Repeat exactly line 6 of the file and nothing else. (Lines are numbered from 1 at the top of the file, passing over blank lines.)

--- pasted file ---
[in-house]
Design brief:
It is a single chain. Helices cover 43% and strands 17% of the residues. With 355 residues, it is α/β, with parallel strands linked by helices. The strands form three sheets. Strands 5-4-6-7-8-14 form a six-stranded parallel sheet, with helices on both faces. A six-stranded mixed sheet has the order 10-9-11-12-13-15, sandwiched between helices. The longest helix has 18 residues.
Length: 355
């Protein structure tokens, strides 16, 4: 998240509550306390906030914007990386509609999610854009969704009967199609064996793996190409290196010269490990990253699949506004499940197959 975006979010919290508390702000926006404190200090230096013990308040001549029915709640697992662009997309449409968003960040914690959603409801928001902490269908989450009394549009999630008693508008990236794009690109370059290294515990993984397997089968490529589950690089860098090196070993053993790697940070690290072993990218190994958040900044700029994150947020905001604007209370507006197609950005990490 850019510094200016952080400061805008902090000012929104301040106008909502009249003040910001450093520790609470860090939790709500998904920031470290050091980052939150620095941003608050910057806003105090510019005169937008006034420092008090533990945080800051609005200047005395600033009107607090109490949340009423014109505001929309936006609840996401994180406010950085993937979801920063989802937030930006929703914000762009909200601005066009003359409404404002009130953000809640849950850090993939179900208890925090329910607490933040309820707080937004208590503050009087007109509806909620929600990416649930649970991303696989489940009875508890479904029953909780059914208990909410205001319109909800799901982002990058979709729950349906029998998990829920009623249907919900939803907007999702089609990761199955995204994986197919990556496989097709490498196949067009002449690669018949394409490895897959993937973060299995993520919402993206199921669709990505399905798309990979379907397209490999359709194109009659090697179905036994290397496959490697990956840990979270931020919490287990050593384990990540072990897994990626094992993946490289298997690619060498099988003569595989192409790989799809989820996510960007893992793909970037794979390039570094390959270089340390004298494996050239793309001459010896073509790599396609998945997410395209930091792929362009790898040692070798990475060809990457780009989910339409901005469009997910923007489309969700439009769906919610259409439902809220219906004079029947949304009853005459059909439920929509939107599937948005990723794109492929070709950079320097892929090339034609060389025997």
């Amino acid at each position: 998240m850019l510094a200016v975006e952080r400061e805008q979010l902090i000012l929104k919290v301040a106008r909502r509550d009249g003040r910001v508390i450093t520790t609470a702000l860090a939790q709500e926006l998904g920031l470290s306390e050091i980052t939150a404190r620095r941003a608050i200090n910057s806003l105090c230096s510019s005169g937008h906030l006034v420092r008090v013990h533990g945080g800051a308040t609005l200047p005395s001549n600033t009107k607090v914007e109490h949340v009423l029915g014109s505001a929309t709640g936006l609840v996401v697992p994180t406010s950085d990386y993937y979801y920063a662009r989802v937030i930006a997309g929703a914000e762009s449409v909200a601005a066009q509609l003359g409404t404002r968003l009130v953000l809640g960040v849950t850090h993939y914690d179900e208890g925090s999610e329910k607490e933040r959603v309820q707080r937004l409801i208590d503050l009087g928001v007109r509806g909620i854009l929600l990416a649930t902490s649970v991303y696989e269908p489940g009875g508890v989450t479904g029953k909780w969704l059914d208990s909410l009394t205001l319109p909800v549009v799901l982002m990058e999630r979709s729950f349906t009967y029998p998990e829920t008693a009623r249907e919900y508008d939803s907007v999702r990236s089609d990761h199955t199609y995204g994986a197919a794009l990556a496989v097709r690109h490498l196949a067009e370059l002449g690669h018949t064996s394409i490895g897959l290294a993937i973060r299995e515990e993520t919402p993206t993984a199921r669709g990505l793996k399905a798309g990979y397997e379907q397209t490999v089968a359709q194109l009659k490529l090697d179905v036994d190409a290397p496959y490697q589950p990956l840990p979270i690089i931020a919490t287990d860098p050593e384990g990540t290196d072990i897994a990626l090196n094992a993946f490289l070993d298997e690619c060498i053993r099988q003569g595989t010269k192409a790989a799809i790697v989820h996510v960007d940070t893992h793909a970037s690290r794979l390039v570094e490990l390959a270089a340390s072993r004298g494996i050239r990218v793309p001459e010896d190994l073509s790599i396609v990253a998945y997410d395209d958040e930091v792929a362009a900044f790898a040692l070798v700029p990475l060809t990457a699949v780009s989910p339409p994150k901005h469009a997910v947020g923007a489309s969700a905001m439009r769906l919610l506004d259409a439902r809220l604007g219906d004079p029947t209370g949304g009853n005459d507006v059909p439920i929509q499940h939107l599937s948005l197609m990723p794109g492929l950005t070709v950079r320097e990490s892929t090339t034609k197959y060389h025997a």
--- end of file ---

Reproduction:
């Amino acid at each position: 998240m850019l510094a200016v975006e952080r400061e805008q979010l902090i000012l929104k919290v301040a106008r909502r509550d009249g003040r910001v508390i450093t520790t609470a702000l860090a939790q709500e926006l998904g920031l470290s306390e050091i980052t939150a404190r620095r941003a608050i200090n910057s806003l105090c230096s510019s005169g937008h906030l006034v420092r008090v013990h533990g945080g800051a308040t609005l200047p005395s001549n600033t009107k607090v914007e109490h949340v009423l029915g014109s505001a929309t709640g936006l609840v996401v697992p994180t406010s950085d990386y993937y979801y920063a662009r989802v937030i930006a997309g929703a914000e762009s449409v909200a601005a066009q509609l003359g409404t404002r968003l009130v953000l809640g960040v849950t850090h993939y914690d179900e208890g925090s999610e329910k607490e933040r959603v309820q707080r937004l409801i208590d503050l009087g928001v007109r509806g909620i854009l929600l990416a649930t902490s649970v991303y696989e269908p489940g009875g508890v989450t479904g029953k909780w969704l059914d208990s909410l009394t205001l319109p909800v549009v799901l982002m990058e999630r979709s729950f349906t009967y029998p998990e829920t008693a009623r249907e919900y508008d939803s907007v999702r990236s089609d990761h199955t199609y995204g994986a197919a794009l990556a496989v097709r690109h490498l196949a067009e370059l002449g690669h018949t064996s394409i490895g897959l290294a993937i973060r299995e515990e993520t919402p993206t993984a199921r669709g990505l793996k399905a798309g990979y397997e379907q397209t490999v089968a359709q194109l009659k490529l090697d179905v036994d190409a290397p496959y490697q589950p990956l840990p979270i690089i931020a919490t287990d860098p050593e384990g990540t290196d072990i897994a990626l090196n094992a993946f490289l070993d298997e690619c060498i053993r099988q003569g595989t010269k192409a790989a799809i790697v989820h996510v960007d940070t893992h793909a970037s690290r794979l390039v570094e490990l390959a270089a340390s072993r004298g494996i050239r990218v793309p001459e010896d190994l073509s790599i396609v990253a998945y997410d395209d958040e930091v792929a362009a900044f790898a040692l070798v700029p990475l060809t990457a699949v780009s989910p339409p994150k901005h469009a997910v947020g923007a489309s969700a905001m439009r769906l919610l506004d259409a439902r809220l604007g219906d004079p029947t209370g949304g009853n005459d507006v059909p439920i929509q499940h939107l599937s948005l197609m990723p794109g492929l950005t070709v950079r320097e990490s892929t090339t034609k197959y060389h025997a």